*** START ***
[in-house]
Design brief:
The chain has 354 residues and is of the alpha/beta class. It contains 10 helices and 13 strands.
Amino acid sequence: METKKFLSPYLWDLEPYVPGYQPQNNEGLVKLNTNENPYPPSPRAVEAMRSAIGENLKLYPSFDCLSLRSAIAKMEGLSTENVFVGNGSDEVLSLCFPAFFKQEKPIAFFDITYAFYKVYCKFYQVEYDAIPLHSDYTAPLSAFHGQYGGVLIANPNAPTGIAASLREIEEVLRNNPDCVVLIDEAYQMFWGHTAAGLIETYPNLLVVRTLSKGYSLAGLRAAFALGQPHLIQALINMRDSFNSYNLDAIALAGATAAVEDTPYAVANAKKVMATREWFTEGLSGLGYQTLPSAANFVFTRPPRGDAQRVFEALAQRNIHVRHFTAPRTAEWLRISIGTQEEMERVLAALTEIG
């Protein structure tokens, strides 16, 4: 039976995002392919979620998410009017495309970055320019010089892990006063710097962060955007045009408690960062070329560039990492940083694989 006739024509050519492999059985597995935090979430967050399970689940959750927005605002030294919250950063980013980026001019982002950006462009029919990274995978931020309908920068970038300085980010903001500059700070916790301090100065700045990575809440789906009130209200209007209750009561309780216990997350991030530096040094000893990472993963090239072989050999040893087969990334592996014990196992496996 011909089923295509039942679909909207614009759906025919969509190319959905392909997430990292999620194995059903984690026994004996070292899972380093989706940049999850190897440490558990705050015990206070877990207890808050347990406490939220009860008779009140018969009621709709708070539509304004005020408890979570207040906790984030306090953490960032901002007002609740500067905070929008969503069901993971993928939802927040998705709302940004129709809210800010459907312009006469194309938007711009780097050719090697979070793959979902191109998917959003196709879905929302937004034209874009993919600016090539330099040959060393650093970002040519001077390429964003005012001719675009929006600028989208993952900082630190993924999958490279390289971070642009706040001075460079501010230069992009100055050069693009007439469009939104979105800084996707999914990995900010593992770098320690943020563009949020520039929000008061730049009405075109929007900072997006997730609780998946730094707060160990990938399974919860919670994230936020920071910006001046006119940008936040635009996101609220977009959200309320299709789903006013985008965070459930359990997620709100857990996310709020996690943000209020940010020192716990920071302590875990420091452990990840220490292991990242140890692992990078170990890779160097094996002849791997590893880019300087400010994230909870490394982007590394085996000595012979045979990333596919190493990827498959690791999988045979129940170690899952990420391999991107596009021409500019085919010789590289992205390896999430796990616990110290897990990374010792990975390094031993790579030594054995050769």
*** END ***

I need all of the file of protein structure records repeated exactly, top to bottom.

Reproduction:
[in-house]
Design brief:
The chain has 354 residues and is of the alpha/beta class. It contains 10 helices and 13 strands.
Amino acid sequence: METKKFLSPYLWDLEPYVPGYQPQNNEGLVKLNTNENPYPPSPRAVEAMRSAIGENLKLYPSFDCLSLRSAIAKMEGLSTENVFVGNGSDEVLSLCFPAFFKQEKPIAFFDITYAFYKVYCKFYQVEYDAIPLHSDYTAPLSAFHGQYGGVLIANPNAPTGIAASLREIEEVLRNNPDCVVLIDEAYQMFWGHTAAGLIETYPNLLVVRTLSKGYSLAGLRAAFALGQPHLIQALINMRDSFNSYNLDAIALAGATAAVEDTPYAVANAKKVMATREWFTEGLSGLGYQTLPSAANFVFTRPPRGDAQRVFEALAQRNIHVRHFTAPRTAEWLRISIGTQEEMERVLAALTEIG
């Protein structure tokens, strides 16, 4: 039976995002392919979620998410009017495309970055320019010089892990006063710097962060955007045009408690960062070329560039990492940083694989 006739024509050519492999059985597995935090979430967050399970689940959750927005605002030294919250950063980013980026001019982002950006462009029919990274995978931020309908920068970038300085980010903001500059700070916790301090100065700045990575809440789906009130209200209007209750009561309780216990997350991030530096040094000893990472993963090239072989050999040893087969990334592996014990196992496996 011909089923295509039942679909909207614009759906025919969509190319959905392909997430990292999620194995059903984690026994004996070292899972380093989706940049999850190897440490558990705050015990206070877990207890808050347990406490939220009860008779009140018969009621709709708070539509304004005020408890979570207040906790984030306090953490960032901002007002609740500067905070929008969503069901993971993928939802927040998705709302940004129709809210800010459907312009006469194309938007711009780097050719090697979070793959979902191109998917959003196709879905929302937004034209874009993919600016090539330099040959060393650093970002040519001077390429964003005012001719675009929006600028989208993952900082630190993924999958490279390289971070642009706040001075460079501010230069992009100055050069693009007439469009939104979105800084996707999914990995900010593992770098320690943020563009949020520039929000008061730049009405075109929007900072997006997730609780998946730094707060160990990938399974919860919670994230936020920071910006001046006119940008936040635009996101609220977009959200309320299709789903006013985008965070459930359990997620709100857990996310709020996690943000209020940010020192716990920071302590875990420091452990990840220490292991990242140890692992990078170990890779160097094996002849791997590893880019300087400010994230909870490394982007590394085996000595012979045979990333596919190493990827498959690791999988045979129940170690899952990420391999991107596009021409500019085919010789590289992205390896999430796990616990110290897990990374010792990975390094031993790579030594054995050769």